Sep 30, 2010

[TV] Star Trek Voyager: Season 3

Star Trek Voyager: Season 3When it comes to long-running TV shows, there are a lot of jokes, stereotypes and assumptions when it comes to how things progress. The first season tends to be full of promise although a tad undercooked. The second season suddenly expands in weird directions in an effort to make the characters more substantial. And so on.

The third season can be rather hit or miss for people. For example, Lost got so much better in its third season after nearly killing itself in the second season. For Star Trek: The Next Generation, many felt the show truly found itself by the time its third season came around. To some extent, perhaps the same can be said about this series as well.

The opinions for this show were terribly mixed. Some felt the show was a really bad concept and it was floundering around for its first two seasons. Others found the concept of being so far away from the comforts of the Federation rather exciting and new and thus felt it was more fulfilling. I think it really depends on what got you into the show in the first place to make a better assessment of things.

Coming off from a season dedicated to the Kazon as the big (and ugly) bad guys, the crew of the starship Voyager ventured into a variety of new vistas in the Delta Quadrant during this season and pretty much laid the grounds for a number of interesting plot threads that would carry on until the end of the series.

TuvokImage via WikipediaTuvokImage via WikipediaThis season brought to life a number of interesting episodes. One that comes to mind is "Flashback", which was really cool for showing us Hikaru Sulu (George Takei) as captain of the Excelsior and Tuvok (Tim Russ) as a young ensign. Yes, this was also a reminder about how long-lived Vulcans are. "Coda" was another striking episode given the intriguing concept of Janeway's (Kate Mulgrew) repeated deaths and the guilty pleasure of watching Janeway's repeated deaths. And yes, I also appreciated "Before and After" given the interesting concept of the backwards time jumps and the efforts of the episode to give Kes (Jennifer Lien) more meaning and slightly better (or at least more interesting) hair. Come to think of it, this was also the season of evolving hairstyles...

But the season also had a significant abundance of rather bad episodes, too. I have no idea what point there was to the buddy drama of "The Chute" for Kim (Garrett Wang) and Paris (Robert Duncan McNeill). "Sacred Ground" was very hit or miss too given the obvious juxtaposition of Janeway's scientific mind versus her ability to just have faith. And I don't think we really needed the madness that was "Darkling" beyond the slight fun in having the Doctor (Robert Picardo) try to stretch his acting legs a bit more.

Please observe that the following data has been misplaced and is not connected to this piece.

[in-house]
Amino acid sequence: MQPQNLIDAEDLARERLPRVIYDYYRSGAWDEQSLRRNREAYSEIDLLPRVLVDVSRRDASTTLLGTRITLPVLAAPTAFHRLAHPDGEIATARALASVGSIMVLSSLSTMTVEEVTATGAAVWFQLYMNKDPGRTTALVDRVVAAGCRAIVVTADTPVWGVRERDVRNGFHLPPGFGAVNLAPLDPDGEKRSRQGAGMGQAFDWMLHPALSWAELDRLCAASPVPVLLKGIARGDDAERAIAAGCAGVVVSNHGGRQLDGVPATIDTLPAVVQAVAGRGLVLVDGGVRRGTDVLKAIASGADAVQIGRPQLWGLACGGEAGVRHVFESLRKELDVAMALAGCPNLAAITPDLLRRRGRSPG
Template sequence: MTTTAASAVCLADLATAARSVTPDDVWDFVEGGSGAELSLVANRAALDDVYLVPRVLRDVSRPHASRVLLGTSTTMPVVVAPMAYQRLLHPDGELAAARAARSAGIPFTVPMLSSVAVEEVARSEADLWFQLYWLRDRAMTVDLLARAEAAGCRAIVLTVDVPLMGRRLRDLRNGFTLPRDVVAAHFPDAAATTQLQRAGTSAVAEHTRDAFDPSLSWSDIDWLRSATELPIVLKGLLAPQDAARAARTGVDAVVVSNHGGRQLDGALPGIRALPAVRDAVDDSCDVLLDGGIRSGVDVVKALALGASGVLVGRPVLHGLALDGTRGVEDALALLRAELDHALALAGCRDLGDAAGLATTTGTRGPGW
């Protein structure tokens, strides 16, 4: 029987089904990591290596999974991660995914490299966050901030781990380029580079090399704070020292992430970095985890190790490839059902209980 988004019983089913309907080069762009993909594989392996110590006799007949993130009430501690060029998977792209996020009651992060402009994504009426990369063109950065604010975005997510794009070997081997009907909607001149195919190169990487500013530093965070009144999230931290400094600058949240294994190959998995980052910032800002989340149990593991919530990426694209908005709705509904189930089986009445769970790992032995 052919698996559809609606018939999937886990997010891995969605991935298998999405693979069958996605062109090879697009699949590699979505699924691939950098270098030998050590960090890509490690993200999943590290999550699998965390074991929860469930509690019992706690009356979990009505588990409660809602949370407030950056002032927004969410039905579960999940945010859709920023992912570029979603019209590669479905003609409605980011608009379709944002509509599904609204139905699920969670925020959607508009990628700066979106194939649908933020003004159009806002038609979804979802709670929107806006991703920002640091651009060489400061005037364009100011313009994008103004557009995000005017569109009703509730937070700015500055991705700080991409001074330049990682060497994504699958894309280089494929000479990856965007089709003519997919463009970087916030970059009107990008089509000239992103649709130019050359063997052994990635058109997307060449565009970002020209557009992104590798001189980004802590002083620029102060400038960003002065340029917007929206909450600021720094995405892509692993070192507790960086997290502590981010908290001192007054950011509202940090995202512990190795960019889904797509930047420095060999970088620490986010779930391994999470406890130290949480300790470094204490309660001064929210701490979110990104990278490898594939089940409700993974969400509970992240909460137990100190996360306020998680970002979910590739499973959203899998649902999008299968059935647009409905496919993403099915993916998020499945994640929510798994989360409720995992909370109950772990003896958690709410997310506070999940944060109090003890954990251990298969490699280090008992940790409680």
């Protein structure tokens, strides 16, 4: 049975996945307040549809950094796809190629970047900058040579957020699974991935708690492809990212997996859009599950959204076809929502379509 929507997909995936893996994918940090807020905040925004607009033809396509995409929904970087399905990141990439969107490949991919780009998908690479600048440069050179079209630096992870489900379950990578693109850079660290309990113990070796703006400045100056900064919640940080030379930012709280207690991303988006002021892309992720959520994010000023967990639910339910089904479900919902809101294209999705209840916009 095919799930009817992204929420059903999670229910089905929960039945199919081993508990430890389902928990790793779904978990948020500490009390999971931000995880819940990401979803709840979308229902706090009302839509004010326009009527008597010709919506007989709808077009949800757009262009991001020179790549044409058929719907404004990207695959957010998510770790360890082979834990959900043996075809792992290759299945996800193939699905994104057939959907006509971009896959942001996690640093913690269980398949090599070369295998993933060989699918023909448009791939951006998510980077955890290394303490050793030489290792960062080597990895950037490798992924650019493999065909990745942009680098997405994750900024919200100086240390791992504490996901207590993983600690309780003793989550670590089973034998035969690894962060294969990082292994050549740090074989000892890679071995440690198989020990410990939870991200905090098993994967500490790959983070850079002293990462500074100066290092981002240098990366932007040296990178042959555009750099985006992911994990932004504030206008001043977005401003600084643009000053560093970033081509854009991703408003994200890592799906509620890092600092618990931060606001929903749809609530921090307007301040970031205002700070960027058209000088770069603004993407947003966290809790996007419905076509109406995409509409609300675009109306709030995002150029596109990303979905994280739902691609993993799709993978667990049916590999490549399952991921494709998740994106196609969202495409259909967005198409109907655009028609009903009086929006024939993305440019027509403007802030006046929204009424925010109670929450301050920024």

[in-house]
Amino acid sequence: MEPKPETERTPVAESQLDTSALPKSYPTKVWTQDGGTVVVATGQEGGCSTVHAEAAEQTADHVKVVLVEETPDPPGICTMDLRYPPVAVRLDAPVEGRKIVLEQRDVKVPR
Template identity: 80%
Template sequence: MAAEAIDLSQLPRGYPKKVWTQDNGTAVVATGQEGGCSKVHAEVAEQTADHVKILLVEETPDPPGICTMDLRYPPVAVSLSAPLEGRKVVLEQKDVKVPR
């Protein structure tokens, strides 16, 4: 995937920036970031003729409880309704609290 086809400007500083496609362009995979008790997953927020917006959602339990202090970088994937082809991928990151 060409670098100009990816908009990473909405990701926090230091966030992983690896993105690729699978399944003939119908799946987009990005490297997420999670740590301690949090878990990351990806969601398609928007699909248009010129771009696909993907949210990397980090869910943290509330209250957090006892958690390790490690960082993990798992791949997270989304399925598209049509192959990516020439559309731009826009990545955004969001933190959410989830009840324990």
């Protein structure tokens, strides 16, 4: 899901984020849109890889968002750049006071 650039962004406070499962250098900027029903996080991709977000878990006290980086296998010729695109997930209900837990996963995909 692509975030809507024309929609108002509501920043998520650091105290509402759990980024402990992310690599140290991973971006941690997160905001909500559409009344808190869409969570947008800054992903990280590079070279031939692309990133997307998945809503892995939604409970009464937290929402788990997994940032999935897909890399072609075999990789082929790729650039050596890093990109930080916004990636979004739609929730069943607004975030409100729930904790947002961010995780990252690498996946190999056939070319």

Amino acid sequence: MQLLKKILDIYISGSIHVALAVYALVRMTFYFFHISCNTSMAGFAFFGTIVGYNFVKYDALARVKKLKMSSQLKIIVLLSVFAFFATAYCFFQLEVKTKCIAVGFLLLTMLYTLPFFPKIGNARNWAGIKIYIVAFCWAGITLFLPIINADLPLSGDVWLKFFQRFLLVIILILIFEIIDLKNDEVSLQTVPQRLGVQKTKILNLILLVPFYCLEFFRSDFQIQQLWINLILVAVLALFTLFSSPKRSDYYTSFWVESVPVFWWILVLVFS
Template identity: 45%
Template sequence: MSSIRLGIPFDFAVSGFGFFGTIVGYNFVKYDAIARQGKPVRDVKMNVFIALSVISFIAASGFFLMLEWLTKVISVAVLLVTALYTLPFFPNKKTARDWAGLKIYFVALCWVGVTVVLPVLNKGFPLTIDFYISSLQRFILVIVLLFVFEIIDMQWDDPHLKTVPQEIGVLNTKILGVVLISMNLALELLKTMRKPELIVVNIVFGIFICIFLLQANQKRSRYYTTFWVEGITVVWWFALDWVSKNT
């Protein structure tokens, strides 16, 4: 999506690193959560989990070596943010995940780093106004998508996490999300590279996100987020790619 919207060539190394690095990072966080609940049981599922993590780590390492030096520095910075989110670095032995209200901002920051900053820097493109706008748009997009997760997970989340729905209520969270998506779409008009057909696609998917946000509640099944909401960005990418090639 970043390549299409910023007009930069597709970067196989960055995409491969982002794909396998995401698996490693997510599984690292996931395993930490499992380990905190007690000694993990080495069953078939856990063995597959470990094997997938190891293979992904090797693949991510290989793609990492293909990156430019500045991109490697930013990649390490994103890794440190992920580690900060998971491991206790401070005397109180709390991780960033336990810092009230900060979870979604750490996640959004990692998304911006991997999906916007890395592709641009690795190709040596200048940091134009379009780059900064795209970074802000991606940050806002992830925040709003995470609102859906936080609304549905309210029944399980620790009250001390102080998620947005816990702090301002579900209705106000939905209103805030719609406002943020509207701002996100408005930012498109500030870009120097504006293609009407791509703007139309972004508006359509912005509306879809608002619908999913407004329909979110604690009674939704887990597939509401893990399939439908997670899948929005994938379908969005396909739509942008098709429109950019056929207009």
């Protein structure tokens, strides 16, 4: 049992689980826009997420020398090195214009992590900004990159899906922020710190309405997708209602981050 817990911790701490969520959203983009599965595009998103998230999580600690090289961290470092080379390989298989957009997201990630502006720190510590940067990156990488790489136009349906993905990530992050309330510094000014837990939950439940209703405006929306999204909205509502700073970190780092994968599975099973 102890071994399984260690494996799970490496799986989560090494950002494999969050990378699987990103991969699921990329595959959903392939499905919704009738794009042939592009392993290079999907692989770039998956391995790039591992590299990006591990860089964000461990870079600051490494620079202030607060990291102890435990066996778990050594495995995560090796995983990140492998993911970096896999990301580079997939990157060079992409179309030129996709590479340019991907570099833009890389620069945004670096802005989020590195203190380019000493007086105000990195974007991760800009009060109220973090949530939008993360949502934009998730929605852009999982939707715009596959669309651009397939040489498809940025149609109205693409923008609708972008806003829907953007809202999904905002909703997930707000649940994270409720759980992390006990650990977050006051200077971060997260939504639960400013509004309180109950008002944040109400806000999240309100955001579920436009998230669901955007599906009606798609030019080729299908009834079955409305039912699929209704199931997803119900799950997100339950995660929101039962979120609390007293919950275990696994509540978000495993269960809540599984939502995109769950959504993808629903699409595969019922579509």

Plus the season had its fair share of tropes like finding a way to drag Ferengi into the Delta Quadrant (False Profits), a Q-centric episode (The Q and the Grey), the planet full of women trope (Favorite Son) and a contemporary time travel episode (Future's End - Parts 1 and 2).

The season was really built around the goal of later establishing their entry into Borg territory as evidenced by Neelix (Ethan Phillips) not having expert advice anymore (Fair Trade), the trope-y rogue Borg community (Unity) and finally the big season ender "Scorpion". Some argue that to enjoy Voyager, you're better off starting with this season's final episode. Others say that's when the show jumped the shark and things began to get horribly worse. I feel both sections of this time stream served their purpose but yes, I did enjoy the fourth season and beyond more than the first three.

I have to admit that the writers were a tad disappointing in terms of how much character development they were trying to force onto the Doctor this season. Sure, we all saw the advent of the mobile emitter a mile away, but even the weirder episodes like the personality grafts in "Darkling" and even an entire holographic family as depicted in "Real Life" - I think we could have done without that sort of thing.

The third season of Voyager was definitely not as strong as the two prior ones but it put a good effort in nonetheless. It gets 3.5 holographic hangouts out of a possible 5.

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